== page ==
The cutting tools that are used on lathes and mills are a subject of their own. You may be surprised to know that while a fine cabinetmaker usually insists on carbide tooling, home machinists often prefer “high speed steel” (HSS) tools instead. These lathe tools can be sharpened on a bench grinder, or shaped to a custom cutting profile. The major tool suppliers offer free catalogs that carry a wealth of these tools. Lathe cutting tools are available in carbide or HSS. Mills are single or double-ended, so that you can reverse them in their holder and get a longer life out of them, in HSS, carbide or Titanium Nitride coated. The most commonly used cutters are end mills: square ended spiral cutters that look like stubby drill bits. These are available in differing numbers of cutting flutes, end cutting or not, and a variety of coatings. End cutting mills drill better than flat end mills, although neither is a good drill; they're intended to cut along their sides. The next most common shape is a ball end mill, which cuts a radius. There’s almost a tool for every possible cut, so a few hours studying the tool suppliers’ catalogs can teach you much.
The last tool in the well stocked machine shop is a drill press. The drill press gives you added accuracy in drilling a straight, vertical hole; or a hole at an angle other than 90 degrees to the work. Low cost drill presses have an adjustable table that will tilt with respect to the line of the drill bit, but radial drills will allow the head of the drill press to rotate with respect to the work. They also allow the drill to move along a rail or set of rails, like a radial arm saw does, giving more flexibility in the placement of holes on a piece of work. Drill presses are usually specified by the size of a piece they’ll cut to the center of. That means an 8” drill press, for example, will drill to the center of an 8” piece – 4”, or 4” in from the edge of a bigger piece.
In machine tools of this size, the fastest way to hollow out a block of metal is to use a drill. Mark off the area you want to empty out and drill lots of holes. Eventually, you'll clean it up and create the final dimensions with the end mill cutting out the scraps of metal remaining. It's how I removed the bulk of the metal in my AR's fire control group.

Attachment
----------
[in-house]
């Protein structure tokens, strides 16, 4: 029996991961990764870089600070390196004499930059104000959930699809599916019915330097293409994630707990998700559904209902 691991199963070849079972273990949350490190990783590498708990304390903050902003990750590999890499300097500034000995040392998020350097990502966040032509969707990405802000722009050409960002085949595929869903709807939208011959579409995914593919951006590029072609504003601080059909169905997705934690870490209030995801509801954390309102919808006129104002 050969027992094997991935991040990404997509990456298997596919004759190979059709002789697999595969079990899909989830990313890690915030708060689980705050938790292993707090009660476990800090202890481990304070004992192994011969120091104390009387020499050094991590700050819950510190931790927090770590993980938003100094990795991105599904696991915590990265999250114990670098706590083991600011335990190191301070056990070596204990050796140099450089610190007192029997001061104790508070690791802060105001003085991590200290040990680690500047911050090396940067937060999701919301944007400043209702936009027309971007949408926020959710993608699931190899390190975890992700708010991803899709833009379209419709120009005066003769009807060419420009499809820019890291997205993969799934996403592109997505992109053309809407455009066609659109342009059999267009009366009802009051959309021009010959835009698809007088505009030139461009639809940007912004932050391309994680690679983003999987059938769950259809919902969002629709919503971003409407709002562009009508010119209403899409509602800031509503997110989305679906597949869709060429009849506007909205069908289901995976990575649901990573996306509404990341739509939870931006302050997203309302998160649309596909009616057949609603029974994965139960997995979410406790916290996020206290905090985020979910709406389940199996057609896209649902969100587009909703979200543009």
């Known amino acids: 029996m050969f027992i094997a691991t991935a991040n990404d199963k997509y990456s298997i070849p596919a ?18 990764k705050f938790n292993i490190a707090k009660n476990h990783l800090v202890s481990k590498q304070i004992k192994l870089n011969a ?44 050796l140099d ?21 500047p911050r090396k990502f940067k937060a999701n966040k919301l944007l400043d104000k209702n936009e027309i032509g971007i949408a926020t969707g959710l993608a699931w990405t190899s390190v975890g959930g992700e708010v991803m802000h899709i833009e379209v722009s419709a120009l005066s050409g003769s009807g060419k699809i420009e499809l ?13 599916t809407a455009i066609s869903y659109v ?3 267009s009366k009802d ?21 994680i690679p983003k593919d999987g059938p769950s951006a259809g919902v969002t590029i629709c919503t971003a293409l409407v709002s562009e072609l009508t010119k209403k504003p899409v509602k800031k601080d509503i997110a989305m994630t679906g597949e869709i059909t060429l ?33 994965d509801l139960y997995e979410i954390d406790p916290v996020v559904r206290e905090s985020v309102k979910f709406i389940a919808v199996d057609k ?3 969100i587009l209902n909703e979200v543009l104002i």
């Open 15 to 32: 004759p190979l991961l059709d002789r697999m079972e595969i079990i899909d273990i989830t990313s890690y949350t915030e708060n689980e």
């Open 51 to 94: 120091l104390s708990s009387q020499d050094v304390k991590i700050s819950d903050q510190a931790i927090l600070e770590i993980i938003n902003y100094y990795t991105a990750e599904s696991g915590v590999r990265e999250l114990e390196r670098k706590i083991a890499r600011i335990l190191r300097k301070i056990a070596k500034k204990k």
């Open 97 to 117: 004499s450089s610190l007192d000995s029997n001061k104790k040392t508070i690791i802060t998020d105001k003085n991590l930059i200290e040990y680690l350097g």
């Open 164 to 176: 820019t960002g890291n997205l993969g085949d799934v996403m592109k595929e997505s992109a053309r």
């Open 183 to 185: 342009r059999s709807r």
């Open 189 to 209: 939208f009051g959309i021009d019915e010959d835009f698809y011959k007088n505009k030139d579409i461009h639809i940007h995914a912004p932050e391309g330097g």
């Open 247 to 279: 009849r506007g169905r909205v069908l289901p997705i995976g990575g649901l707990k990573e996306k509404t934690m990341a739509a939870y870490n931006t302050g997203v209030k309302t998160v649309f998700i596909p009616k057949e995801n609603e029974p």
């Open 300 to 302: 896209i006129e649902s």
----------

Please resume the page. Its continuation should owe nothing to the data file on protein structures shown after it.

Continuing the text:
While fixturing is important in woodworking, it is paramount in metal work. You can't achieve high accuracy without paying a lot of attention to work holding. For example, the simple act of turning a metal rod down to a smaller diameter can't be done accurately if the rod protrudes more than about 1.5 times its diameter from the chuck. The pressure of the tool on the work piece will bend it away from the tool by a measurable amount and taper the rod. You need a moving rest or steady rest to turn long pieces to diameter. If you are turning a rod down, and flip it end for end in the chuck, you will virtually always get a visible, if not feelable, line where the two worked areas meet. You simply can't depend on the chuck to center the piece to the accuracy you need to not have that line - not for the price we'd be willing to pay for a chuck (although a collet might work well enough). On a mill, if you clamp a part with too much force, you may bow it, so that after you mill it completely flat, it goes concave after you remove the clamping force. For most work, once you know what to expect, it isn't more complicated than using a router table or dovetail jig, but forget about ever fixing the mill's head and pushing a block of metal under the bit, like you do with a router table. You need to clamp the work to a table of some kind.
For a lot of advice on old lathes that you might find for sale (plus a lot of good advice and guidance and instruction booklets) take a look at theis website :ReplyDelete
Anon 0342: Blogger had filed this as spam, so my apologies. http://www.lathes.co.uk/ is an excellent site. My link for the Myford lathes took readers to a page on lathes.co.uk, but I expect most readers don't follow links exhaustively.ReplyDelete
And for anyone else - there's more to come on this topic.